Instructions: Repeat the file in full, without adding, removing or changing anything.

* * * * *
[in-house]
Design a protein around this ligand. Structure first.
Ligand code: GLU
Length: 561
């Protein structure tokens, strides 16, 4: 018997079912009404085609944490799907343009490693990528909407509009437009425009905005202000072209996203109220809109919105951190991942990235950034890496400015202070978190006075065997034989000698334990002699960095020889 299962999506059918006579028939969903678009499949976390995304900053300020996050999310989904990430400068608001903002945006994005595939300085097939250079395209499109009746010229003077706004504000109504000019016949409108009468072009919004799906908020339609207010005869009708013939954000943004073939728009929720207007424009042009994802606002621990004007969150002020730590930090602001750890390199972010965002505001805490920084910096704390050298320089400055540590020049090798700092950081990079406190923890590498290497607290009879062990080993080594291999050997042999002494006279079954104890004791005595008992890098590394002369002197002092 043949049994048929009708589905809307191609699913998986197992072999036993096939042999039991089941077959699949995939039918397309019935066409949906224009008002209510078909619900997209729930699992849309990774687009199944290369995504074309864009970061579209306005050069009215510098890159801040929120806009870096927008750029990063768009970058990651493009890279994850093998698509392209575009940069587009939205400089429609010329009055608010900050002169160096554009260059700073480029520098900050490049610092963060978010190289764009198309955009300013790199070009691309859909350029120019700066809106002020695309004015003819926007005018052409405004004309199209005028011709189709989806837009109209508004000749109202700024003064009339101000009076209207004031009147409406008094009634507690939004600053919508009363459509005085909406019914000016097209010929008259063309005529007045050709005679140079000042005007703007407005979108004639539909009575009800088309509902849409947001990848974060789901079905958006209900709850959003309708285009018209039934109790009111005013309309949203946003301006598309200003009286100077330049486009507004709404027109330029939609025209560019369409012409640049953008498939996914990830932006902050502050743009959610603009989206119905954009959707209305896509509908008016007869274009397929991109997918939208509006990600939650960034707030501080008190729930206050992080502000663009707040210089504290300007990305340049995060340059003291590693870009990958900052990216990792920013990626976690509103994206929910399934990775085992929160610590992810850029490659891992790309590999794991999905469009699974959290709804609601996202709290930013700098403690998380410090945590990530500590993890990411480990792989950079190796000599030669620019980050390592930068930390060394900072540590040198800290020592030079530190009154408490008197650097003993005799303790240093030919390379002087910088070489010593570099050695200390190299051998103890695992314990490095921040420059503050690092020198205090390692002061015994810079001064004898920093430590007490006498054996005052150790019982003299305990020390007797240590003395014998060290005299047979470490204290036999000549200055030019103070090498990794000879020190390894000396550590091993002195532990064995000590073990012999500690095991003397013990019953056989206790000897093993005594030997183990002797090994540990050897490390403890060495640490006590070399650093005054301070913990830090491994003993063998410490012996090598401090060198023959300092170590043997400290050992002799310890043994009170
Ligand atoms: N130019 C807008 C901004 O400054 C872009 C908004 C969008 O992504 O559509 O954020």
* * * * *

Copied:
[in-house]
Design a protein around this ligand. Structure first.
Ligand code: GLU
Length: 561
């Protein structure tokens, strides 16, 4: 018997079912009404085609944490799907343009490693990528909407509009437009425009905005202000072209996203109220809109919105951190991942990235950034890496400015202070978190006075065997034989000698334990002699960095020889 299962999506059918006579028939969903678009499949976390995304900053300020996050999310989904990430400068608001903002945006994005595939300085097939250079395209499109009746010229003077706004504000109504000019016949409108009468072009919004799906908020339609207010005869009708013939954000943004073939728009929720207007424009042009994802606002621990004007969150002020730590930090602001750890390199972010965002505001805490920084910096704390050298320089400055540590020049090798700092950081990079406190923890590498290497607290009879062990080993080594291999050997042999002494006279079954104890004791005595008992890098590394002369002197002092 043949049994048929009708589905809307191609699913998986197992072999036993096939042999039991089941077959699949995939039918397309019935066409949906224009008002209510078909619900997209729930699992849309990774687009199944290369995504074309864009970061579209306005050069009215510098890159801040929120806009870096927008750029990063768009970058990651493009890279994850093998698509392209575009940069587009939205400089429609010329009055608010900050002169160096554009260059700073480029520098900050490049610092963060978010190289764009198309955009300013790199070009691309859909350029120019700066809106002020695309004015003819926007005018052409405004004309199209005028011709189709989806837009109209508004000749109202700024003064009339101000009076209207004031009147409406008094009634507690939004600053919508009363459509005085909406019914000016097209010929008259063309005529007045050709005679140079000042005007703007407005979108004639539909009575009800088309509902849409947001990848974060789901079905958006209900709850959003309708285009018209039934109790009111005013309309949203946003301006598309200003009286100077330049486009507004709404027109330029939609025209560019369409012409640049953008498939996914990830932006902050502050743009959610603009989206119905954009959707209305896509509908008016007869274009397929991109997918939208509006990600939650960034707030501080008190729930206050992080502000663009707040210089504290300007990305340049995060340059003291590693870009990958900052990216990792920013990626976690509103994206929910399934990775085992929160610590992810850029490659891992790309590999794991999905469009699974959290709804609601996202709290930013700098403690998380410090945590990530500590993890990411480990792989950079190796000599030669620019980050390592930068930390060394900072540590040198800290020592030079530190009154408490008197650097003993005799303790240093030919390379002087910088070489010593570099050695200390190299051998103890695992314990490095921040420059503050690092020198205090390692002061015994810079001064004898920093430590007490006498054996005052150790019982003299305990020390007797240590003395014998060290005299047979470490204290036999000549200055030019103070090498990794000879020190390894000396550590091993002195532990064995000590073990012999500690095991003397013990019953056989206790000897093993005594030997183990002797090994540990050897490390403890060495640490006590070399650093005054301070913990830090491994003993063998410490012996090598401090060198023959300092170590043997400290050992002799310890043994009170
Ligand atoms: N130019 C807008 C901004 O400054 C872009 C908004 C969008 O992504 O559509 O954020």